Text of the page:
Maldives climate action to continue despite political turmoil

By RTCC Staff Climate Change

The Maldives capital, Male, and other larger, more resilient islands are re-housing the country's most vulnerable. (Source: Flickr/Wallygrom)

Climate change action will not stop in the Maldives, despite the recent political turmoil that saw Mohamed Nasheed, an influential advocate for the cause, removed from power.

Former President Nasheed had become an established voice internationally calling for reductions in emissions to protect the low-lying islands of the Maldives from rising sea levels.

Nasheed was removed from power in a reported coup last month.

Ibrahim Naeem, head of the Maldives Environment Protection Agency, said the country’s leadership on the issue would not be affected.

“True, Nasheed has been very vocal and very popular with western society. He’s really a good man advocating for (action on) climate change and the impacts we’re facing in the Maldives,” Naeem told Reuters AlertNet.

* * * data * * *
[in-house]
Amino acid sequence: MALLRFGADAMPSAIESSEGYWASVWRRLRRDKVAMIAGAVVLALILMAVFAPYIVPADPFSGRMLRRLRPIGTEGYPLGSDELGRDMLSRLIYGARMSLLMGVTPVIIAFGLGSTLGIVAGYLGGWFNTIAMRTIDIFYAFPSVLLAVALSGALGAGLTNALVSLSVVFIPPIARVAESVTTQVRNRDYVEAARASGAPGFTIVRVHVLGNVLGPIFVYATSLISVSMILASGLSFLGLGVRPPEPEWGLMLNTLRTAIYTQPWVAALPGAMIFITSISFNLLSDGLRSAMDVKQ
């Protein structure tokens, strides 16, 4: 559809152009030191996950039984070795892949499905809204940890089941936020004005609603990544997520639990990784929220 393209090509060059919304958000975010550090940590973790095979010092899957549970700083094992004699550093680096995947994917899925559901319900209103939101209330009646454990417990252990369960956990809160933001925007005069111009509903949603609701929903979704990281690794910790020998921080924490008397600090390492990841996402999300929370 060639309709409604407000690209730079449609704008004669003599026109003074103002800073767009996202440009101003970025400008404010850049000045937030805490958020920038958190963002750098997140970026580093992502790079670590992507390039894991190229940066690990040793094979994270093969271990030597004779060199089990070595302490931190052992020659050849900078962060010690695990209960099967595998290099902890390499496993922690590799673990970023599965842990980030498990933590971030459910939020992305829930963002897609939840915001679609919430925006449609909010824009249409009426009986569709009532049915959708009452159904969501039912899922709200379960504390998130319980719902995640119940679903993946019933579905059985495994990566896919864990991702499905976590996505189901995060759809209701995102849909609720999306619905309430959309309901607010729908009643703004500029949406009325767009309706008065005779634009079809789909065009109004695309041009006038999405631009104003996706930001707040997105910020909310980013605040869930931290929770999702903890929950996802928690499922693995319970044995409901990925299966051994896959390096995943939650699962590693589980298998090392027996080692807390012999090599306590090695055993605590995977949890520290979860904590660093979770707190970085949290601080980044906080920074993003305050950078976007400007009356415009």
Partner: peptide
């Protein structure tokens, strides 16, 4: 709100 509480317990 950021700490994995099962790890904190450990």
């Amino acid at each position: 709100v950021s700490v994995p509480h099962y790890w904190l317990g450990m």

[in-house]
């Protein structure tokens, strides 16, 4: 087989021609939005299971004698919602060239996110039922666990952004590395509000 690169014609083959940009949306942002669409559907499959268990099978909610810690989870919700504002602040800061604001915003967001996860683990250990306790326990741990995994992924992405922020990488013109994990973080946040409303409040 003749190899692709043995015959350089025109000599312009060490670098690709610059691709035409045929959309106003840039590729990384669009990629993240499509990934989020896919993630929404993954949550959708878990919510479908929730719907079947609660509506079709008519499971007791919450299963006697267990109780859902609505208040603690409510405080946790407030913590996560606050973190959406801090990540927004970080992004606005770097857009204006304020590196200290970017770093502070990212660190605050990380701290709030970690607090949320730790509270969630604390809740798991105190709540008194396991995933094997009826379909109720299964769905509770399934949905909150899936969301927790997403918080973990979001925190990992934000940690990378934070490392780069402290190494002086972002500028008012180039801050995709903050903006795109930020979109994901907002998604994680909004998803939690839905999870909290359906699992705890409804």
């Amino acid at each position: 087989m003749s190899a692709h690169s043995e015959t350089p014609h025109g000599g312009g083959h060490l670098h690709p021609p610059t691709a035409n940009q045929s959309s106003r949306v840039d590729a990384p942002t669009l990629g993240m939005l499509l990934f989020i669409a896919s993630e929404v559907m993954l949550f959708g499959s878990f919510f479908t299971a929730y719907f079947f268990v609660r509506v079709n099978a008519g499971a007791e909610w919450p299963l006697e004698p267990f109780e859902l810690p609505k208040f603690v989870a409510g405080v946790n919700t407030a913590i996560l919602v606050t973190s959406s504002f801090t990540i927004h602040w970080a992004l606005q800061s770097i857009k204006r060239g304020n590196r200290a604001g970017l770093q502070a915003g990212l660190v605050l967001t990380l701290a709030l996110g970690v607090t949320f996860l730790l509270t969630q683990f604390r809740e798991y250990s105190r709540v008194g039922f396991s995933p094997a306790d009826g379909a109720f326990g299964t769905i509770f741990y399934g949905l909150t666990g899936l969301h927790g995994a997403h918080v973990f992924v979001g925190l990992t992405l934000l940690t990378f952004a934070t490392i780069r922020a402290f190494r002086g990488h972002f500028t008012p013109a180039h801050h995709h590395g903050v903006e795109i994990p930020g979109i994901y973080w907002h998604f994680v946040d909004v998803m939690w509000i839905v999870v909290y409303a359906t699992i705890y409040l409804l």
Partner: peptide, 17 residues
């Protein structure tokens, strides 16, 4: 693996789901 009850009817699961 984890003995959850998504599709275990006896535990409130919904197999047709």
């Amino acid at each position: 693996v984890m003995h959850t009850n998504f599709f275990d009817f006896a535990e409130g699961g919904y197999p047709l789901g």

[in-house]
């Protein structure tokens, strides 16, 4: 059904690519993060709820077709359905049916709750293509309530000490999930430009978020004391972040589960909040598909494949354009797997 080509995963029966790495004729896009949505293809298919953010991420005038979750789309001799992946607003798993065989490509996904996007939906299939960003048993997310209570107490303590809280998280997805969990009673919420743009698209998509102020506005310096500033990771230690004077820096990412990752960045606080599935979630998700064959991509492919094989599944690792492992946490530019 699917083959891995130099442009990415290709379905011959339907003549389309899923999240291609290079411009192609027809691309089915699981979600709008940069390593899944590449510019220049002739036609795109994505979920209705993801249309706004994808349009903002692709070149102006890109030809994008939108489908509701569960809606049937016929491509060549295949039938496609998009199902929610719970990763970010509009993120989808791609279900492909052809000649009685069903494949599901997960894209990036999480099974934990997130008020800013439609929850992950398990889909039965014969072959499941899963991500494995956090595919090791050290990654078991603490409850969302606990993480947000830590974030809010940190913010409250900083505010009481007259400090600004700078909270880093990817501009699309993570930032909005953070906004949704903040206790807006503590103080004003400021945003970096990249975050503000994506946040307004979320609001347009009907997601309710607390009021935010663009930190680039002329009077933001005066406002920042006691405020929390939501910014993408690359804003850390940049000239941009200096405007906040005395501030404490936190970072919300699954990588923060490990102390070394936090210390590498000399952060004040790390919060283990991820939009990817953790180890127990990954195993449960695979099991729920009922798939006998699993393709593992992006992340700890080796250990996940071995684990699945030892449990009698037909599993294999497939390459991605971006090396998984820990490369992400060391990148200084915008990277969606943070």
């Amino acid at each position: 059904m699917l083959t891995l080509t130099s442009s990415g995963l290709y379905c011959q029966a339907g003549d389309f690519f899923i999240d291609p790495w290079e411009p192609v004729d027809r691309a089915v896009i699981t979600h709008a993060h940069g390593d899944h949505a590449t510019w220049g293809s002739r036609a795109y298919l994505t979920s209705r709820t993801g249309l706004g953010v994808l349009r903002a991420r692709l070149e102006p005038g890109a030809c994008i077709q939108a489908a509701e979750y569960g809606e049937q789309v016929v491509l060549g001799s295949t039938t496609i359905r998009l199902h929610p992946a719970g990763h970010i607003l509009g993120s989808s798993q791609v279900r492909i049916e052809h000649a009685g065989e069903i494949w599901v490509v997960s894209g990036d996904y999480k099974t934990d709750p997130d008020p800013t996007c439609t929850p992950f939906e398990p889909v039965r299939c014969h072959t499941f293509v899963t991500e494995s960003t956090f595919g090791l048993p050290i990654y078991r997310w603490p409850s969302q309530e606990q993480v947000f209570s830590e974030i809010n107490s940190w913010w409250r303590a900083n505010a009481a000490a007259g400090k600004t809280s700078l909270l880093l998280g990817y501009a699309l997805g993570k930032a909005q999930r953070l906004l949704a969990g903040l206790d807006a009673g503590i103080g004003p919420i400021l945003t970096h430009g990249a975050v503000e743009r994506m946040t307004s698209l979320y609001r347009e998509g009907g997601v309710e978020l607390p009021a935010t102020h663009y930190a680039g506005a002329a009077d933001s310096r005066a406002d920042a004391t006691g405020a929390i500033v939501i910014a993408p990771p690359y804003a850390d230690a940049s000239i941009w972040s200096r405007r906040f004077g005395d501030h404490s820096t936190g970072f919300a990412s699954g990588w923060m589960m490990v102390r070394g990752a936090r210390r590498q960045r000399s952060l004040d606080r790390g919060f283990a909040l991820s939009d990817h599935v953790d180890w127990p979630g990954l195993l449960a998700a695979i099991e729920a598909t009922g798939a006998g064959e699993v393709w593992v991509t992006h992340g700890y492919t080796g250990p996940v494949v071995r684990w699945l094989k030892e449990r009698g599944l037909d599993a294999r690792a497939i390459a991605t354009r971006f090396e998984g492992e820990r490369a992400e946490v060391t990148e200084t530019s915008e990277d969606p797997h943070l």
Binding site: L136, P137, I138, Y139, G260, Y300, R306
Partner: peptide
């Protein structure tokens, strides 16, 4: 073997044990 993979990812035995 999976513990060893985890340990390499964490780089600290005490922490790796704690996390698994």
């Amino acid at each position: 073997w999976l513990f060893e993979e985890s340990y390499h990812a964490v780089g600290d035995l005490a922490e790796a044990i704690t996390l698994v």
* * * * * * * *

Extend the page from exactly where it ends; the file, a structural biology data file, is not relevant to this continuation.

“I don’t think our climate policy will change. His vice president is ruling the country now.”

Sea level rise is already contaminating freshwater springs increasing pressure on desalination plants in the Maldives.

Last year several Pacific islands needed emergency freshwater supplies to be flown in from overseas.

“The Maldivians have been living in these islands for more than 3000 years and we don’t have any intention to leave this country,” said Naeem, adding that the country’s strategy of consolidating its population on the larger, most climate resilient islands would continue.

Under the scheme, residents on smaller islands with less than 200 inhabitants enter negotiations with the government for resettlement on larger islands where flood defences and access to freshwater is superior.

So far 3000 of the islands’ 400,000 residents have moved as part of this programme.

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